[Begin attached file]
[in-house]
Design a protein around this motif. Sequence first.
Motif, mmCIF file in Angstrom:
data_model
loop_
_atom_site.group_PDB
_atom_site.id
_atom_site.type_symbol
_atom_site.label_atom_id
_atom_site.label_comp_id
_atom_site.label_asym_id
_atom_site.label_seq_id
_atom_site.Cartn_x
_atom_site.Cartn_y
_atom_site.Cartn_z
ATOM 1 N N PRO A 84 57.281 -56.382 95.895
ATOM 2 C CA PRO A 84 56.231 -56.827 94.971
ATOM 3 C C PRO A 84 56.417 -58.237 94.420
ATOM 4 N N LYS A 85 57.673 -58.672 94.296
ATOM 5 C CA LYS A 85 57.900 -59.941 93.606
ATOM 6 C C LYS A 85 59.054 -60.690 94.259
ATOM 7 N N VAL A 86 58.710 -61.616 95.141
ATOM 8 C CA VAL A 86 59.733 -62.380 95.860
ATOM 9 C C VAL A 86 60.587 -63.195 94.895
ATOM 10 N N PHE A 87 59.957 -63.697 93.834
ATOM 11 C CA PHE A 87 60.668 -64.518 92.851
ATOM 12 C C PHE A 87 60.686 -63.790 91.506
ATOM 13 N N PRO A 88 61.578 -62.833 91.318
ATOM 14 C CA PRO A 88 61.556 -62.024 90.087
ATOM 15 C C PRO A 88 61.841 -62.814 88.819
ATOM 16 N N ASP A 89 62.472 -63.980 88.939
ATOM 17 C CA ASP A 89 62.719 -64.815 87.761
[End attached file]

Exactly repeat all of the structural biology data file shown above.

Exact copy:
[in-house]
Design a protein around this motif. Sequence first.
Motif, mmCIF file in Angstrom:
data_model
loop_
_atom_site.group_PDB
_atom_site.id
_atom_site.type_symbol
_atom_site.label_atom_id
_atom_site.label_comp_id
_atom_site.label_asym_id
_atom_site.label_seq_id
_atom_site.Cartn_x
_atom_site.Cartn_y
_atom_site.Cartn_z
ATOM 1 N N PRO A 84 57.281 -56.382 95.895
ATOM 2 C CA PRO A 84 56.231 -56.827 94.971
ATOM 3 C C PRO A 84 56.417 -58.237 94.420
ATOM 4 N N LYS A 85 57.673 -58.672 94.296
ATOM 5 C CA LYS A 85 57.900 -59.941 93.606
ATOM 6 C C LYS A 85 59.054 -60.690 94.259
ATOM 7 N N VAL A 86 58.710 -61.616 95.141
ATOM 8 C CA VAL A 86 59.733 -62.380 95.860
ATOM 9 C C VAL A 86 60.587 -63.195 94.895
ATOM 10 N N PHE A 87 59.957 -63.697 93.834
ATOM 11 C CA PHE A 87 60.668 -64.518 92.851
ATOM 12 C C PHE A 87 60.686 -63.790 91.506
ATOM 13 N N PRO A 88 61.578 -62.833 91.318
ATOM 14 C CA PRO A 88 61.556 -62.024 90.087
ATOM 15 C C PRO A 88 61.841 -62.814 88.819
ATOM 16 N N ASP A 89 62.472 -63.980 88.939
ATOM 17 C CA ASP A 89 62.719 -64.815 87.761